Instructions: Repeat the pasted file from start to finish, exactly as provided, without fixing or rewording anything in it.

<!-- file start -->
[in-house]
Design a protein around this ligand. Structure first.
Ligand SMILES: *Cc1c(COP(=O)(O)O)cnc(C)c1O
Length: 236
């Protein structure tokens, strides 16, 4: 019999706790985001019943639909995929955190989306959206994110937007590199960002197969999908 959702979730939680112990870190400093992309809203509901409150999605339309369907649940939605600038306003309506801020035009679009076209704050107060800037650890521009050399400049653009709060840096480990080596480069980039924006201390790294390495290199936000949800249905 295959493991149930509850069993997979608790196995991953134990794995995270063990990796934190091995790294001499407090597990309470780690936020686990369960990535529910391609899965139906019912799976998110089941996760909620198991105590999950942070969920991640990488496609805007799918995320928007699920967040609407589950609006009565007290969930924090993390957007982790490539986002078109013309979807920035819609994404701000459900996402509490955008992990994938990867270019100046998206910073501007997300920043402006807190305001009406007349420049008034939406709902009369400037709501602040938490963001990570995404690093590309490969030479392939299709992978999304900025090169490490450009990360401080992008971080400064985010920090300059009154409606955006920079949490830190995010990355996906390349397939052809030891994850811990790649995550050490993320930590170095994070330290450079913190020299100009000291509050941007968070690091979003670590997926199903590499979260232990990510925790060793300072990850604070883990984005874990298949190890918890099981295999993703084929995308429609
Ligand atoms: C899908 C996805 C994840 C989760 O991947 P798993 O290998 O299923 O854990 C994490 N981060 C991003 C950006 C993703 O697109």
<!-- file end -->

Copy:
[in-house]
Design a protein around this ligand. Structure first.
Ligand SMILES: *Cc1c(COP(=O)(O)O)cnc(C)c1O
Length: 236
């Protein structure tokens, strides 16, 4: 019999706790985001019943639909995929955190989306959206994110937007590199960002197969999908 959702979730939680112990870190400093992309809203509901409150999605339309369907649940939605600038306003309506801020035009679009076209704050107060800037650890521009050399400049653009709060840096480990080596480069980039924006201390790294390495290199936000949800249905 295959493991149930509850069993997979608790196995991953134990794995995270063990990796934190091995790294001499407090597990309470780690936020686990369960990535529910391609899965139906019912799976998110089941996760909620198991105590999950942070969920991640990488496609805007799918995320928007699920967040609407589950609006009565007290969930924090993390957007982790490539986002078109013309979807920035819609994404701000459900996402509490955008992990994938990867270019100046998206910073501007997300920043402006807190305001009406007349420049008034939406709902009369400037709501602040938490963001990570995404690093590309490969030479392939299709992978999304900025090169490490450009990360401080992008971080400064985010920090300059009154409606955006920079949490830190995010990355996906390349397939052809030891994850811990790649995550050490993320930590170095994070330290450079913190020299100009000291509050941007968070690091979003670590997926199903590499979260232990990510925790060793300072990850604070883990984005874990298949190890918890099981295999993703084929995308429609
Ligand atoms: C899908 C996805 C994840 C989760 O991947 P798993 O290998 O299923 O854990 C994490 N981060 C991003 C950006 C993703 O697109």